Information and privacy commissioners from the UK, France, Germany, Israel, Italy, Ireland, Netherlands, New Zealand, Spain and Canada have written to Google to express their concerns about privacy issues related to Google Buzz.
The open letter to Google CEO Eric Schmidt claims that it is ‘disturbed by your recent rollout of the Google Buzz social networking application', which they state shows a disappointing disregard for fundamental privacy norms and laws.
Buzz, launched earlier this year to combine functionality similar to social networking sites and instant messenger solutions, is built into Gmail and adds ‘friends' from regular contacts.
However initial criticism came from users who could not control who was added to the lists. Google responded by making a checkbox more prominent and not connecting a user's public Picasa web albums and Google Reader shared items automatically.
It further revamped the service this month to suggest people to follow instead. However this has not met with the approval of the likes of the UK information commissioner, Christopher Graham, and Jennifer Stoddart, privacy commissioner of Canada.
They claimed that Buzz ‘violated the fundamental principle that individuals should be able to control the use of their personal information'.
The letter said: “Users instantly recognised the threat to their privacy and the security of their personal information, and were understandably outraged. To your credit, Google apologised and moved quickly to stem the damage.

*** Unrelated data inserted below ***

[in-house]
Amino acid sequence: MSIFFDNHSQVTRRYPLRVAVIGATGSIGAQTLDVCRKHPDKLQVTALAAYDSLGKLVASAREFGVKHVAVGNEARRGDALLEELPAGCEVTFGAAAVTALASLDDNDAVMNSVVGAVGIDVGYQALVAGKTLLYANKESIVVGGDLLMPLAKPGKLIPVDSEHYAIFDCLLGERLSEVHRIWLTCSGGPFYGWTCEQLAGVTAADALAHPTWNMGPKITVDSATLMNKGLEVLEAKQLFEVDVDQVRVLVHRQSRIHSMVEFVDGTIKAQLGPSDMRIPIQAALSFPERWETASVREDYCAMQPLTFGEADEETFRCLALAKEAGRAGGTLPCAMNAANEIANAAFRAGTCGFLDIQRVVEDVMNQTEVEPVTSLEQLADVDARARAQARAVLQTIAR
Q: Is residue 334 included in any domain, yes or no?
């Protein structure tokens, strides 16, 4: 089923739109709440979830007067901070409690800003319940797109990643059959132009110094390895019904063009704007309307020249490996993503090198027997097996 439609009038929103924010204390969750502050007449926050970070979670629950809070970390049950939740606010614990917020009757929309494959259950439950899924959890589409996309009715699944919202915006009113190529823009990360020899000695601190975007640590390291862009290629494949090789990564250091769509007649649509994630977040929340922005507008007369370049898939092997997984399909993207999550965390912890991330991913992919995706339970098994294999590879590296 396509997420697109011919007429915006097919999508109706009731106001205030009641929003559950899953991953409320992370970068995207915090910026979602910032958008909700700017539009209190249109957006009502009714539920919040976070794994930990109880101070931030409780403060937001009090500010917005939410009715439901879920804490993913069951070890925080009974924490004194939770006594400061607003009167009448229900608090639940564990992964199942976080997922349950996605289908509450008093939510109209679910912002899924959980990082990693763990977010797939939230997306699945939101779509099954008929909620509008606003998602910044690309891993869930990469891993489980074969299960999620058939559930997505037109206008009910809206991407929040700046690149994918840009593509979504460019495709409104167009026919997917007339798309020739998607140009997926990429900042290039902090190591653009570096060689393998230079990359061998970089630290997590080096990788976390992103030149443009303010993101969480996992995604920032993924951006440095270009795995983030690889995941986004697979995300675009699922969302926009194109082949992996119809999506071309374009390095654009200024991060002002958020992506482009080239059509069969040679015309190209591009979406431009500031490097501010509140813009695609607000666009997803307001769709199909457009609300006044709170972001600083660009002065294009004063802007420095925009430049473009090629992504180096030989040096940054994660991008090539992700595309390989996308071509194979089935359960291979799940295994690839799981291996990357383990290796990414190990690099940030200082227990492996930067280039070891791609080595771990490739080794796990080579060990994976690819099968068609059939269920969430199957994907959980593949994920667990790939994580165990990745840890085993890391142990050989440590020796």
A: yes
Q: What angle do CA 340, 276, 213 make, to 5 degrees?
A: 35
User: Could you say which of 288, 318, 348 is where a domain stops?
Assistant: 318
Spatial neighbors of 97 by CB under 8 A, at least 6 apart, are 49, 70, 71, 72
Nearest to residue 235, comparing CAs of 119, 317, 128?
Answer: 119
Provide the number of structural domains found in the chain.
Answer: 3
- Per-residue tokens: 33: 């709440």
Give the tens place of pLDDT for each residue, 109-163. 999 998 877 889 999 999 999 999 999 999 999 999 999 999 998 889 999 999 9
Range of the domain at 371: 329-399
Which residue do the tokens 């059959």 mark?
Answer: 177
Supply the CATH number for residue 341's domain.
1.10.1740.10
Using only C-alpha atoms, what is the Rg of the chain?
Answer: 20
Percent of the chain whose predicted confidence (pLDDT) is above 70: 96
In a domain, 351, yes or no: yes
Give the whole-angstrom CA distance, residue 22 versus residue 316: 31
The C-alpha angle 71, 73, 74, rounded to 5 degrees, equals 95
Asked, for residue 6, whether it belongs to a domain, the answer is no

“While your company addressed the most privacy-intrusive aspects of Google Buzz in the wake of this public protest and most recently you asked all users to reconfirm their privacy settings, we remain extremely concerned about how a product with such significant privacy issues was launched in the first place.
“We would have expected a company of your stature to set a better example. Launching a product in ‘beta' form is not a substitute for ensuring that new services comply with fair information principles before they are introduced.”
It claimed that it is unacceptable to roll out a product ‘that unilaterally renders personal information public, with the intention of repairing problems later as they arise', and said that ‘privacy cannot be sidelined in the rush to introduce new technologies to online audiences around the world'.
It called on Google to ‘incorporate fundamental privacy principles directly into the design of new online services', and at a minimum it should:
- Collect and process only the minimum amount of personal information necessary to achieve the identified purpose of the product or service
- Provide clear and unambiguous information about how personal information will be used to allow users to provide informed consent
- Create privacy-protective default settings
- Ensure that privacy control settings are prominent and easy to use
- Ensure that all personal data is adequately protected
- Give people simple procedures for deleting their accounts and honour their requests in a timely way.
It concluded by claiming that it expects all organisations to comply with relevant data protection and privacy laws, and encouraged organisations to engage with data protection authorities when developing services with significant implications for privacy.
The letter said: “As your users made clear to you in the hours and days after the launch of Google Buzz, privacy is a fundamental right that people value deeply. As regulators responsible for promoting and overseeing compliance with data protection and privacy laws, we hope that you will learn from this experience as you design and develop new products and services.”
Google responded in a statement that it had nothing to add. It said: “We try very hard to be upfront about the data we collect, and how we use it, as well as to build meaningful controls into our products.
“Of course we do not get everything 100 per cent right - that is why we acted so quickly on Buzz following the user feedback we received. We have discussed all these issues publicly many times before.”